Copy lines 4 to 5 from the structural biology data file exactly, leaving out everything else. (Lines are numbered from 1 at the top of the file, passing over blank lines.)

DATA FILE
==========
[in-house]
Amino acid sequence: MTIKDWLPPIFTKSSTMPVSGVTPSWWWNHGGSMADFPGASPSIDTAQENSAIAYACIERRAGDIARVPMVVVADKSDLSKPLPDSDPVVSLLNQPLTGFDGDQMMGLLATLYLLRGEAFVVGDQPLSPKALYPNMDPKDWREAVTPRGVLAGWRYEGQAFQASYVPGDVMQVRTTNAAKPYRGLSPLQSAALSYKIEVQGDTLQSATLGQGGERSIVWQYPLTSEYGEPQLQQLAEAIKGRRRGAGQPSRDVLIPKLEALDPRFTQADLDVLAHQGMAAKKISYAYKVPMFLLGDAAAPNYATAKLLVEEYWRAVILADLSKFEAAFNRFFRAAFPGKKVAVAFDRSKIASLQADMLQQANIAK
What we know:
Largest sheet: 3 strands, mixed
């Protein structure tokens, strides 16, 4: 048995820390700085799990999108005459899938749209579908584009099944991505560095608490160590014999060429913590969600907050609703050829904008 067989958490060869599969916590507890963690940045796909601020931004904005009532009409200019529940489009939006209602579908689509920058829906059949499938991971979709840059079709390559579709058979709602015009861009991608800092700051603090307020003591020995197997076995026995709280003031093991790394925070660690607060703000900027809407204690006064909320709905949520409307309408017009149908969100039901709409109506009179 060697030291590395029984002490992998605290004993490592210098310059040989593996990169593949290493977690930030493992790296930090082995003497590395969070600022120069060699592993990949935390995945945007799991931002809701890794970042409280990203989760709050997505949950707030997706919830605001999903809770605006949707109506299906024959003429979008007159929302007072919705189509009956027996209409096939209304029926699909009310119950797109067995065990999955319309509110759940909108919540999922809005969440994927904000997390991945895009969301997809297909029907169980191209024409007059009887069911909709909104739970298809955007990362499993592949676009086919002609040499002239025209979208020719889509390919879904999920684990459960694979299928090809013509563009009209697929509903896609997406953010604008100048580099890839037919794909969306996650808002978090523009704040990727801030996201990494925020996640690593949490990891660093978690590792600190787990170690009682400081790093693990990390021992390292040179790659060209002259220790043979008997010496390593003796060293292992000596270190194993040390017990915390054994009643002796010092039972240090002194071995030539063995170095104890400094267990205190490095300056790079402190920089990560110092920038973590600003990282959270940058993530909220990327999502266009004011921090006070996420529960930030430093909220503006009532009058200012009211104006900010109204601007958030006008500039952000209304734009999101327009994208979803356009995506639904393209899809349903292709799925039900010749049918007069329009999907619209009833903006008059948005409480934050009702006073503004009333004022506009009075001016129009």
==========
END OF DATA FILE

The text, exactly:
Largest sheet: 3 strands, mixed
């Protein structure tokens, strides 16, 4: 048995820390700085799990999108005459899938749209579908584009099944991505560095608490160590014999060429913590969600907050609703050829904008 067989958490060869599969916590507890963690940045796909601020931004904005009532009409200019529940489009939006209602579908689509920058829906059949499938991971979709840059079709390559579709058979709602015009861009991608800092700051603090307020003591020995197997076995026995709280003031093991790394925070660690607060703000900027809407204690006064909320709905949520409307309408017009149908969100039901709409109506009179 060697030291590395029984002490992998605290004993490592210098310059040989593996990169593949290493977690930030493992790296930090082995003497590395969070600022120069060699592993990949935390995945945007799991931002809701890794970042409280990203989760709050997505949950707030997706919830605001999903809770605006949707109506299906024959003429979008007159929302007072919705189509009956027996209409096939209304029926699909009310119950797109067995065990999955319309509110759940909108919540999922809005969440994927904000997390991945895009969301997809297909029907169980191209024409007059009887069911909709909104739970298809955007990362499993592949676009086919002609040499002239025209979208020719889509390919879904999920684990459960694979299928090809013509563009009209697929509903896609997406953010604008100048580099890839037919794909969306996650808002978090523009704040990727801030996201990494925020996640690593949490990891660093978690590792600190787990170690009682400081790093693990990390021992390292040179790659060209002259220790043979008997010496390593003796060293292992000596270190194993040390017990915390054994009643002796010092039972240090002194071995030539063995170095104890400094267990205190490095300056790079402190920089990560110092920038973590600003990282959270940058993530909220990327999502266009004011921090006070996420529960930030430093909220503006009532009058200012009211104006900010109204601007958030006008500039952000209304734009999101327009994208979803356009995506639904393209899809349903292709799925039900010749049918007069329009999907619209009833903006008059948005409480934050009702006073503004009333004022506009009075001016129009």